On the other hand, solid state lasers do not suffer from the safety, repetition rate, and beam mode drawbacks of excimer lasers. Solid state lasers do not use dangerous gases and this eliminates the added expense and potential harm such gases can cause. Not only that, but solid state lasers can be pulsed at multi-kHz repetition rates that are much higher than that of excimer lasers. Furthermore, the beam quality of solid-state lasers can be close to the ultimately possible diffraction limit. However, solid state lasers do not directly emit in the desired UV range. The optical frequency, and thereby the wavelength, of the solid state laser's emission must therefore be converted to the desired wavelength range to make them suitable for microlithography.

Such a conversion can be achieved by directly multiplying the optical frequency, a method known as harmonic generation. Harmonic generation is the most common method of frequency conversion (see e.g. W. Koechner. “Solid-State Laser Engineering”, 3rd Edition, Springer-Verlag, Berlin, 1992). However, this method does not allow the generation of wavelengths other than the initial wavelength divided by an integer factor.

Fortunately, there are other methods that allow the production of UV emission from solid state lasers. One method that is utilized in U.S. Pat. No. 5,742,626 issued to Mead et al. is the use of an optical parametric oscillator (OPO). This method is based on a nonlinear process that includes producing two independent, separated beams from the initial single beam. This approach suffers from an unfortunate practical shortcoming. The method necessitates combining two separated beams to produce the desired UV output beam. A sum frequency generator would combine the OPO-produced beam with the fifth harmonic of the input laser beam. While combining such beams is theoretically and experimentally possible, achieving the necessary efficiency to make the method useful will be very difficult, if not practically impossible. One reason for this is that it is very difficult to achieve the precision required to align independent, separated beams with the necessary parallelism. Also, the pulses produced by the laser and by the OPO have different temporal shapes, further complicating the efficient mixing of the beams. Also, the OPO's jitter and the substantially broadened spectrum preclude efficient mixing. The above reasons therefore render the method and apparatus of Mead et al. to be impractical.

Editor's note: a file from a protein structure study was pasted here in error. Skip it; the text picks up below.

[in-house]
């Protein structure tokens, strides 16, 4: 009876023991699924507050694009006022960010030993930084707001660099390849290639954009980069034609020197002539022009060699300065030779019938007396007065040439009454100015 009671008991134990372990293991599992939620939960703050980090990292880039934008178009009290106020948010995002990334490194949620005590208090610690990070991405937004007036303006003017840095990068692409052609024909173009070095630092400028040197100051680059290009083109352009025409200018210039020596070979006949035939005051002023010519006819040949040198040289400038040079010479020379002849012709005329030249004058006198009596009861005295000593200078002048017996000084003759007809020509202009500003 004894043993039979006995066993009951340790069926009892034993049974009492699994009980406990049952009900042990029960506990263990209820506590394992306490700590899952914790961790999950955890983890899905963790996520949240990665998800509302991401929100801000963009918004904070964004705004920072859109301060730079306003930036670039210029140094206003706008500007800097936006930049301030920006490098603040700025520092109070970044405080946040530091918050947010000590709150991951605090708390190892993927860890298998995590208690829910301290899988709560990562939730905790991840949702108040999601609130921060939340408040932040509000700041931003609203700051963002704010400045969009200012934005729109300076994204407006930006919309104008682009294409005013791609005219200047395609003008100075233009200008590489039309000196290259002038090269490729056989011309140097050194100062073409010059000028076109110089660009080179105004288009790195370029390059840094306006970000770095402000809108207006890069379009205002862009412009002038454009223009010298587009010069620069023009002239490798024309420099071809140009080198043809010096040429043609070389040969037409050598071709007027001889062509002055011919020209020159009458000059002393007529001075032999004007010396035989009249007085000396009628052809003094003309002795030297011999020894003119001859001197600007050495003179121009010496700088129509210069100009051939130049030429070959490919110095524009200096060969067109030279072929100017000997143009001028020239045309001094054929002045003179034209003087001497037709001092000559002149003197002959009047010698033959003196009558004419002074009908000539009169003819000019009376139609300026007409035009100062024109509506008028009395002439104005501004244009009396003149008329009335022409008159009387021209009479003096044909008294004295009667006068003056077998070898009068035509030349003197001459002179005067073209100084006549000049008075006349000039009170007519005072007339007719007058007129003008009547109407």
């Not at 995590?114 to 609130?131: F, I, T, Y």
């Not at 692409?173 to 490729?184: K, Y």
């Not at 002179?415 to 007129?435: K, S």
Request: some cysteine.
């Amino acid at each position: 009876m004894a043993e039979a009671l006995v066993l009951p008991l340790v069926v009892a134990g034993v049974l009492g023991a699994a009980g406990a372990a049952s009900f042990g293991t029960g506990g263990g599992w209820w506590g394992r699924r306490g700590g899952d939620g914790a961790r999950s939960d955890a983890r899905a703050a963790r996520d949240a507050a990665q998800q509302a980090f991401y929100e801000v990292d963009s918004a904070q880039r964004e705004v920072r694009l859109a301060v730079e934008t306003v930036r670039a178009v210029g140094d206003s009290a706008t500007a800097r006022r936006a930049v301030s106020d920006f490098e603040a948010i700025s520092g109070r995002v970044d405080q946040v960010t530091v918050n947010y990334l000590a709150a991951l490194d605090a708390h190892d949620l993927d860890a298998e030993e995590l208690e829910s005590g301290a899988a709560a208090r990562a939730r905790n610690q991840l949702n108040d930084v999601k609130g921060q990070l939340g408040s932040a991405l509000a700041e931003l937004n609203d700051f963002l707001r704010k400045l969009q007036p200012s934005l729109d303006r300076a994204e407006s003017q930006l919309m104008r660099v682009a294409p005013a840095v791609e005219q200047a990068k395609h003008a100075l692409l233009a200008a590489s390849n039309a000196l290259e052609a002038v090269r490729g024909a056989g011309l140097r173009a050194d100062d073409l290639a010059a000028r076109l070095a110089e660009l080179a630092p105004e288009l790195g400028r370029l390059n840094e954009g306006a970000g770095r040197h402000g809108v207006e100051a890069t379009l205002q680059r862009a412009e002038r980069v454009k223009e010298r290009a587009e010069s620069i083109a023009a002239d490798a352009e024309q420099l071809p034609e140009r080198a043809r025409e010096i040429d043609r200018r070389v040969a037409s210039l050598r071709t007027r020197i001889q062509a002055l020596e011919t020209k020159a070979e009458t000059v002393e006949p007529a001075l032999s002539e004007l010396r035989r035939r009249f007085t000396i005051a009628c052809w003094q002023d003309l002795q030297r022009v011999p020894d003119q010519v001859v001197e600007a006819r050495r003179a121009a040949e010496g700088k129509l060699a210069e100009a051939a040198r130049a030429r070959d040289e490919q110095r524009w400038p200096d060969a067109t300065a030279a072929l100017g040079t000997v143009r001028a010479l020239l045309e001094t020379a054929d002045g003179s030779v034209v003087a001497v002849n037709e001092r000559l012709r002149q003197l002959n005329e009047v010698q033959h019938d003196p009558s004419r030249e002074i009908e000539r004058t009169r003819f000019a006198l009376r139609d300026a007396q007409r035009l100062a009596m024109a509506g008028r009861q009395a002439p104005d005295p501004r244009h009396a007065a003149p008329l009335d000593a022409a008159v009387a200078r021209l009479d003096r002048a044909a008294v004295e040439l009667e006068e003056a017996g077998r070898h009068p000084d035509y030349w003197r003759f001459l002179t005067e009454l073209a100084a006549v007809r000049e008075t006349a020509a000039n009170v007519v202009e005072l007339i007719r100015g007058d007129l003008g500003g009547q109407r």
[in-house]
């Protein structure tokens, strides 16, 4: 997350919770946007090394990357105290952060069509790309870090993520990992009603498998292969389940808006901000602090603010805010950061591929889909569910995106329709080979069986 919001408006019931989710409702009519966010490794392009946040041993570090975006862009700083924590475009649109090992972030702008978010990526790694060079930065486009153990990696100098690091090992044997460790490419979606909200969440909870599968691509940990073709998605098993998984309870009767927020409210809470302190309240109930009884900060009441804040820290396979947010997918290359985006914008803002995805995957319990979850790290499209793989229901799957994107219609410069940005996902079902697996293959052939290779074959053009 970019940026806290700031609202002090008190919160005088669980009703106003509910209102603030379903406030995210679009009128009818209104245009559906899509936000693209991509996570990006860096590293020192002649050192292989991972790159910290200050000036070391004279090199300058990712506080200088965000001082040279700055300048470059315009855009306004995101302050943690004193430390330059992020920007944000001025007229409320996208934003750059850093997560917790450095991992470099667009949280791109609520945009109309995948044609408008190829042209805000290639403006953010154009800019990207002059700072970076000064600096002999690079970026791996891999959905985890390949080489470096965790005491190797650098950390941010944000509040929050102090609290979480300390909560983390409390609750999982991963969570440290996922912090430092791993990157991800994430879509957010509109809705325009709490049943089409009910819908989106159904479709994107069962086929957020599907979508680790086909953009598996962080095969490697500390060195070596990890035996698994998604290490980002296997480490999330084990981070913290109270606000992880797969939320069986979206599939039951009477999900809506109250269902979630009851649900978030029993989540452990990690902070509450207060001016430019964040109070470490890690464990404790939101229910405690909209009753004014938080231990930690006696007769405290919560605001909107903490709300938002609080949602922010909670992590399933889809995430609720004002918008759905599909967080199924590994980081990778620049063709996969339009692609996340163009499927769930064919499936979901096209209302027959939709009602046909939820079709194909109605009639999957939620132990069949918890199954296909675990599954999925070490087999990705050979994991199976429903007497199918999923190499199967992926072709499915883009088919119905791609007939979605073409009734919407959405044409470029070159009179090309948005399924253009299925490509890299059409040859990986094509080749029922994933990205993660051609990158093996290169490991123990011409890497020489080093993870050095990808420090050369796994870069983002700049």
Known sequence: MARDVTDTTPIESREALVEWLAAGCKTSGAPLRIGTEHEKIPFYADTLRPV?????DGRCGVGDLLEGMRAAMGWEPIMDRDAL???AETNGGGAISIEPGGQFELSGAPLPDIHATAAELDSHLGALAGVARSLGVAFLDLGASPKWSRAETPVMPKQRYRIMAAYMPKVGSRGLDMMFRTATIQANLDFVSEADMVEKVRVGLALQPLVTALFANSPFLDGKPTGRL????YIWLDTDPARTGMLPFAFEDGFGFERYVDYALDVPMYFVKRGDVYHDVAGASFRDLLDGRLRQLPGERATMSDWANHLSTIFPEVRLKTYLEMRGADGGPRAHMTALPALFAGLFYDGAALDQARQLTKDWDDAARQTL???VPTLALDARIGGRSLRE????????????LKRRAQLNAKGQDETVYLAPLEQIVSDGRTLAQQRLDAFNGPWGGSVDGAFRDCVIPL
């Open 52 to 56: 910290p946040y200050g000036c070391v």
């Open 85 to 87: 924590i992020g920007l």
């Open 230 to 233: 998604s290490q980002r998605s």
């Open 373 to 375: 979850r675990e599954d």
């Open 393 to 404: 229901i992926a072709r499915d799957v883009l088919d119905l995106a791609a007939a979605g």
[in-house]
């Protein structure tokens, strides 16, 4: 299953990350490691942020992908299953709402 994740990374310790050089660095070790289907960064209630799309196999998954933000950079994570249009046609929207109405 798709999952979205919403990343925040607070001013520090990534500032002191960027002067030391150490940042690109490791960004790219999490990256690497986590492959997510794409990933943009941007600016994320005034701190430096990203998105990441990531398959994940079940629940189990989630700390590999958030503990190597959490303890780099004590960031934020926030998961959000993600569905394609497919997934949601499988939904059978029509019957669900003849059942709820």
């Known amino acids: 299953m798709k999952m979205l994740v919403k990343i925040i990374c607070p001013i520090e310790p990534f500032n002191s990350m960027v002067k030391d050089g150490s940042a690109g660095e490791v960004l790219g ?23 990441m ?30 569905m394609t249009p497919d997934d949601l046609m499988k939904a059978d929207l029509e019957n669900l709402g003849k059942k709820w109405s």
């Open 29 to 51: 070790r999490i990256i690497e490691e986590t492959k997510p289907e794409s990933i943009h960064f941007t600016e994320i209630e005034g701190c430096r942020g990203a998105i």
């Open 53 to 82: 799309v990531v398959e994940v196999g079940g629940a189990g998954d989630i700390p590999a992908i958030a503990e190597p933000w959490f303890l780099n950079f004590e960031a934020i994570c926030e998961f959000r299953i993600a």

Another method for frequency conversion that produces different wavelengths from fixed wavelength solid state lasers is the use of Stimulated Raman Scattering (SRS). Raman scattering is a process in which light is scattered at frequencies which are the sum and the difference between the incident frequency and the oscillation/vibration frequencies of the scattering material. When a scattering material is irradiated by a monochromatic light that has a frequency which does not correspond to any of the absorption lines of the material, frequency shifted components of the light can be detected in the scattered radiation. These shifted components have shifts independent of the irradiation frequency but characteristic of the scattering material. A laser beam, when passed through a scattering material—or Raman medium—produces shifted lines on the low frequency side and shifted lines on the high frequency side. The shifted lines on the low frequency side are called the Stokes-shifted lines and the shifted lines on the high frequency side are called the anti-Stokes shifted lines. Thus, laser light with frequency v scattered on a Raman medium consists of not only the initial frequency v but also the v−v1frequency (Stokes-shifted with a longer wavelength) and the v+v1 frequency (anti-Stokes shifted with a shorter wavelength) where v1 is characteristic of the Raman medium.

From the above, it can therefore be seen that SRS can produce different wavelengths of light given an input beam and a judicious choice of a Raman medium. The Raman medium could be gaseous, liquid or solid. The Raman threshold and other physical conditions for frequency shifting are very different for the three types of media and this leads to substantial differences in designs of gas, liquid and solid state Raman lasers. Most known practical designs of Raman lasers use gas Raman cells. U.S. Pat. No. 4,633,103 issued to Hyman et al. uses SRS in gas cells to produce yellow light for laser guide-star applications. U.S. Pat. No. 5,796,761 issued to Cheung et al. utilizes SRS in solid Raman cells to produce a laser beam in the visible range for similar applications. U.S. Pat. No. 5,673,281 issued to Byer also proposes using an SRS frequency conversion laser, this time using a solid SRS cell, for guide star applications. However, none of the methods above can convert laser light into the UV-range with a sufficient efficiency to be suitable for microlithography.

The patent by Hyman et al. describes a classic gas-cell based Raman laser where Raman cells are placed outside the laser resonator. Neither the wavelengths it generates nor its efficiency and beam divergence allow the design to be used for producing UV coherent light suitable for microlithographic applications.